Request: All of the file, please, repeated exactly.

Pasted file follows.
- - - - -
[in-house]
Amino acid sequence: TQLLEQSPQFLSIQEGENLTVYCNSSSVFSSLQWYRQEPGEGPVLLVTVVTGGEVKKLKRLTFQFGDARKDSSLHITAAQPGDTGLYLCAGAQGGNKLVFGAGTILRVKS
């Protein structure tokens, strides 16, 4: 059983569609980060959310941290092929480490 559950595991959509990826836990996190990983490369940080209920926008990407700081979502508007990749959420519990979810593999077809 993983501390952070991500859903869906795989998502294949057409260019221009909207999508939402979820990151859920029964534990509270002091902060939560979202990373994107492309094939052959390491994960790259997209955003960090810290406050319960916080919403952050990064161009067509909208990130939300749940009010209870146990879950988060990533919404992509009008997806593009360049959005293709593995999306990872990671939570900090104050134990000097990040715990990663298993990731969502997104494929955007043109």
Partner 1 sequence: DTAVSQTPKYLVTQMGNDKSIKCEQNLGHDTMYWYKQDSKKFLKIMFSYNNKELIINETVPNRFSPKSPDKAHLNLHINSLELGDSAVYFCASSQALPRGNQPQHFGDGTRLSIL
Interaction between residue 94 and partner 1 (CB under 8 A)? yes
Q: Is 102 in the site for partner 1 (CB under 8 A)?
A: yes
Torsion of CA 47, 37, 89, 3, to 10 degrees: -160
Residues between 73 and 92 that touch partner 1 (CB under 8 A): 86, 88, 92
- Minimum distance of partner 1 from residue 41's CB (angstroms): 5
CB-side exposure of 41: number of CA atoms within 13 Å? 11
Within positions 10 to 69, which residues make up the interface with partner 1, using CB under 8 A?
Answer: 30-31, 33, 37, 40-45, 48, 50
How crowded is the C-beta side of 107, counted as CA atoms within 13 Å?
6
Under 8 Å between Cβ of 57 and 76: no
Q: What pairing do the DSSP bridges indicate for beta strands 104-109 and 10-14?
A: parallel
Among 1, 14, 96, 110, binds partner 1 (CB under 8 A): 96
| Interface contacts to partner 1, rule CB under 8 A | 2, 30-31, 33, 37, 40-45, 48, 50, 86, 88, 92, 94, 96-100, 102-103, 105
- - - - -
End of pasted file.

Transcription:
[in-house]
Amino acid sequence: TQLLEQSPQFLSIQEGENLTVYCNSSSVFSSLQWYRQEPGEGPVLLVTVVTGGEVKKLKRLTFQFGDARKDSSLHITAAQPGDTGLYLCAGAQGGNKLVFGAGTILRVKS
């Protein structure tokens, strides 16, 4: 059983569609980060959310941290092929480490 559950595991959509990826836990996190990983490369940080209920926008990407700081979502508007990749959420519990979810593999077809 993983501390952070991500859903869906795989998502294949057409260019221009909207999508939402979820990151859920029964534990509270002091902060939560979202990373994107492309094939052959390491994960790259997209955003960090810290406050319960916080919403952050990064161009067509909208990130939300749940009010209870146990879950988060990533919404992509009008997806593009360049959005293709593995999306990872990671939570900090104050134990000097990040715990990663298993990731969502997104494929955007043109």
Partner 1 sequence: DTAVSQTPKYLVTQMGNDKSIKCEQNLGHDTMYWYKQDSKKFLKIMFSYNNKELIINETVPNRFSPKSPDKAHLNLHINSLELGDSAVYFCASSQALPRGNQPQHFGDGTRLSIL
Interaction between residue 94 and partner 1 (CB under 8 A)? yes
Q: Is 102 in the site for partner 1 (CB under 8 A)?
A: yes
Torsion of CA 47, 37, 89, 3, to 10 degrees: -160
Residues between 73 and 92 that touch partner 1 (CB under 8 A): 86, 88, 92
- Minimum distance of partner 1 from residue 41's CB (angstroms): 5
CB-side exposure of 41: number of CA atoms within 13 Å? 11
Within positions 10 to 69, which residues make up the interface with partner 1, using CB under 8 A?
Answer: 30-31, 33, 37, 40-45, 48, 50
How crowded is the C-beta side of 107, counted as CA atoms within 13 Å?
6
Under 8 Å between Cβ of 57 and 76: no
Q: What pairing do the DSSP bridges indicate for beta strands 104-109 and 10-14?
A: parallel
Among 1, 14, 96, 110, binds partner 1 (CB under 8 A): 96
| Interface contacts to partner 1, rule CB under 8 A | 2, 30-31, 33, 37, 40-45, 48, 50, 86, 88, 92, 94, 96-100, 102-103, 105